Then, there was another reason. When I was a boy, my dad would pay for the haircut, but when I began delivering newspapers, I had my own spending money, and was expected to pay for my haircut. Back then, I was super frugal and liked to save the money I earned. It would take my buying and delivering about thirty newspapers to earn enough to pay for a haircut. No, thank you. Haircuts were unnecessary, since I couldn’t wear a flattop like other boys, and I became shaggy headed, finally going to the barbershop only after my mother’s prolonged nagging.
The real reason, however, the core reason, I didn’t like the barbershop as I got older was because it was, after all, a man’s world, the very thing that attracted me when I was a kid, where a man might say what was on his mind no matter how inappropriate his ideas might be.
Before the day that became known as Black Monday, the day the Supreme Court released the Brown opinion, the talk was mostly about sports and politics, the Korean War and the threat of Communism. It was clear from the Brown decision that the underpinnings of the entire concept of “separate but equal” had been kicked from beneath the Jim Crow laws, and everybody’s attention in the South turned to race.
The Blacks in Birmingham, fired up by the Brown decision and led by Fred Shuttlesworth, were talking of civil rights, while whites were agonizing over the fear of integration in the classrooms, and turned to “massive resistance” to the court-ordered integration of public schools. White Citizens Councils sprang up in cities across the South in 1955 in order to orchestrate the massive resistance.
The following year, the Interstate Commerce Commission used its nondiscrimination clause to prohibit required separate seating in buses and trains for travelers in interstate commerce.
My father, a Greyhound bus driver, brought home all his frustrations in enforcing the Alabama law requiring Blacks to be seated in the rear of the bus, and later in dealing with passengers traveling in interstate commerce who could not be told where to sit, while those intrastate passengers continued to be subject to the Jim Crow law, an impossible situation.
My father and I attended meetings of the White Citizens Council and listened to demagogues rave about massive resistance to court- ordered desegregation and a litany of conspiracies. One such conspiracy held that the entire civil rights movement was being orchestrated by Communists who were looking to create a race war in America and thereby make America vulnerable to the Soviet Union, which was propagating Communism around the globe.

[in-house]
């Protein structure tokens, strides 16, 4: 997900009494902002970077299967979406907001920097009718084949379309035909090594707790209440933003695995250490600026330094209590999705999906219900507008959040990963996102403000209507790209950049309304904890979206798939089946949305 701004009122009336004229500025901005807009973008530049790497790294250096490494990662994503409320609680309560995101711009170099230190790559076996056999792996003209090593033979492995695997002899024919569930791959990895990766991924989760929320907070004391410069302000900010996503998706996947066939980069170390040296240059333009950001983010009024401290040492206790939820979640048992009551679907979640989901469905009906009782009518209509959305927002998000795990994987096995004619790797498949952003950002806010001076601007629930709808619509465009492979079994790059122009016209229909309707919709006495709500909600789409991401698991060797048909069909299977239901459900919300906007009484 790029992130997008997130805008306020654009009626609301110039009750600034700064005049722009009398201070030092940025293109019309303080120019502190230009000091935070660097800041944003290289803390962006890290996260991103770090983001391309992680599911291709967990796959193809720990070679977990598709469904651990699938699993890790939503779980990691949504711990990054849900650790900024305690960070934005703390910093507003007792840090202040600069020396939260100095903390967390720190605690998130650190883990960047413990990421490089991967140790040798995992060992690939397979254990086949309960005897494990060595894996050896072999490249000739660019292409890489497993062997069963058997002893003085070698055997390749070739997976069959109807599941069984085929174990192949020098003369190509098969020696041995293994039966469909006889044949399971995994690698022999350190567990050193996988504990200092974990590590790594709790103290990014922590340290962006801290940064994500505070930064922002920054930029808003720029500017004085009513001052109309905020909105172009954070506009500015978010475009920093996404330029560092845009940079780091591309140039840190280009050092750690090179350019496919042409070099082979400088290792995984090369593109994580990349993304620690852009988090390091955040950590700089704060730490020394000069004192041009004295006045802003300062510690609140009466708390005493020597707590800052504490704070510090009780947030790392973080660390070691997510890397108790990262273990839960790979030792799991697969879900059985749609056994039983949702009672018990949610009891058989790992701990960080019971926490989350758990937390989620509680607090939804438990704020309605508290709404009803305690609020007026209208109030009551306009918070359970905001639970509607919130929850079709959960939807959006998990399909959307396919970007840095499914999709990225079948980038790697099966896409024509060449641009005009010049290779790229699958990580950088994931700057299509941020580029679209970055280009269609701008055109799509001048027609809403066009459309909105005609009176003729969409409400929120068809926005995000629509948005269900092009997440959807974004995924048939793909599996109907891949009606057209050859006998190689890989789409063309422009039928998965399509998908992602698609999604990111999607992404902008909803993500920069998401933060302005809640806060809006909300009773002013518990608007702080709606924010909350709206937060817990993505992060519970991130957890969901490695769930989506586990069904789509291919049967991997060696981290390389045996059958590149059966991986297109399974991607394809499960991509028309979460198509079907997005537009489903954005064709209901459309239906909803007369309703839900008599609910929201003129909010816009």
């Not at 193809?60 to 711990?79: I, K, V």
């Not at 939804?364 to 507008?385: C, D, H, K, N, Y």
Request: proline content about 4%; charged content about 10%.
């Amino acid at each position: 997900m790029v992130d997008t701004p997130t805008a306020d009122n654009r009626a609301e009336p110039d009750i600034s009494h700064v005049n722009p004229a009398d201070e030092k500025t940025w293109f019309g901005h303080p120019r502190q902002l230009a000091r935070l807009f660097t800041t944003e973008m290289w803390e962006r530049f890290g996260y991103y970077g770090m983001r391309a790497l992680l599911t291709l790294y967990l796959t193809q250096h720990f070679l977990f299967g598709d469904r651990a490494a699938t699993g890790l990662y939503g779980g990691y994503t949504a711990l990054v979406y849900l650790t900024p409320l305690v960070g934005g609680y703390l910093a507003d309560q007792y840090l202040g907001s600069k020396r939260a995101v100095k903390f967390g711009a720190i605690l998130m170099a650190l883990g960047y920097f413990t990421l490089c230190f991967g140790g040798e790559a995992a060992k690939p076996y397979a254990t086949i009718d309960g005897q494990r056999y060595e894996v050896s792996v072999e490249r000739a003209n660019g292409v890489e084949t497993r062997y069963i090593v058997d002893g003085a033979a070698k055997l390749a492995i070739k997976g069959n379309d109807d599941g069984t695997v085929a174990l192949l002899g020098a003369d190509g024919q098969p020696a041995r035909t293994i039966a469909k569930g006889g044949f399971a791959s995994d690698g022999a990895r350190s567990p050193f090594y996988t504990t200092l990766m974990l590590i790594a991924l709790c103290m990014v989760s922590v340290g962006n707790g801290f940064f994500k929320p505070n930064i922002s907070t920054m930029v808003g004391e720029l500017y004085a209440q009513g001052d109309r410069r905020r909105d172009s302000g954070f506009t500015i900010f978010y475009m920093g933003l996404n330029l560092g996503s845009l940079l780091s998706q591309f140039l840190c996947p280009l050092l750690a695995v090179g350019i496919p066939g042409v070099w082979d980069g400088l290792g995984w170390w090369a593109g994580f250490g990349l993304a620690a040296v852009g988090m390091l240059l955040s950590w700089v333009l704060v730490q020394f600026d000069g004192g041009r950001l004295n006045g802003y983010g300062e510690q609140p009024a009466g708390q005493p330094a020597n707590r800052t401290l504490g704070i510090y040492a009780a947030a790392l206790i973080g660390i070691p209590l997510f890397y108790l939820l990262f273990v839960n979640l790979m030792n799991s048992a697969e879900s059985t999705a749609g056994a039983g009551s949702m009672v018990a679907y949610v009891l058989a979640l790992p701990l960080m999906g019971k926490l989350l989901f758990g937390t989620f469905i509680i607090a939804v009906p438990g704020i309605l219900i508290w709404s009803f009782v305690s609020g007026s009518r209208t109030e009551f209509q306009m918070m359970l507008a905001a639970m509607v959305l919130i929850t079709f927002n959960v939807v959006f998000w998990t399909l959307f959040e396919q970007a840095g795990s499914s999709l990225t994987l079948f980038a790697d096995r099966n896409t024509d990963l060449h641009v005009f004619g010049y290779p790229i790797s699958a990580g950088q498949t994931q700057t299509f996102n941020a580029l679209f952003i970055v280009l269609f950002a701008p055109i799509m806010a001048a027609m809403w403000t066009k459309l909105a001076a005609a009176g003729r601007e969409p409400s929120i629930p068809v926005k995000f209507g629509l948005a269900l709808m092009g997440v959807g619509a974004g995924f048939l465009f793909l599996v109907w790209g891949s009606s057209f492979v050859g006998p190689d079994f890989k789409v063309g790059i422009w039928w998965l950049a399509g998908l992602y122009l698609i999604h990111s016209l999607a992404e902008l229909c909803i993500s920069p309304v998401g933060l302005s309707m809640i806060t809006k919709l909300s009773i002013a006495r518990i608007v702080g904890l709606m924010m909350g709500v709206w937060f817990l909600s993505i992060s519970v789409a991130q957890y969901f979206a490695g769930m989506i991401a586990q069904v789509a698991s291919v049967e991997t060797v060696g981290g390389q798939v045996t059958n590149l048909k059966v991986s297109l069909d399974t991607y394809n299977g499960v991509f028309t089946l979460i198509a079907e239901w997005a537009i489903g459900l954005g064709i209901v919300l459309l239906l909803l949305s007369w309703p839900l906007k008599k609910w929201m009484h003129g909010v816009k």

Conspiracy theories abounded in the barber shop. Trojan horses set down in our country were occupied by one and then another of various perceived threats: Immigrants, Jews, Catholics, Negroes, and the civil rights movement. But the main target was the civil rights movement and its threatened breakdown of the Southern culture and way of life, in which we were so separated from the Black race that there was absolutely no way to know them. We could only fear them.
Mr. Johnson and some of his customers would discuss the latest outrage as if everyone had the same concerns. He and his customers would surmise about how far the federal government would go to push civil rights “down our throats”. There was some discussion about the prospect of being seated in a restaurant with your wife, and a Black couple would join you at your table and there would be nothing you could do to stop it. Such was the paranoia in Birmingham in those years.
Though I don’t recall the exact conversations that occurred in those days, I do remember the general tenor of those conversations and the way in which they impacted me. A conversation back then might have gone something like this:
Mr. Johnson, as he pins the robe around Mr. Smith’s neck: “Well, Mr. Smith, had a good week?”
Mr. Smith, as he pulls his arms under the robe: “Yeah, but all this civil rights business has me on edge. All these communist ideas about race mixin’ is gittin’ under my skin.”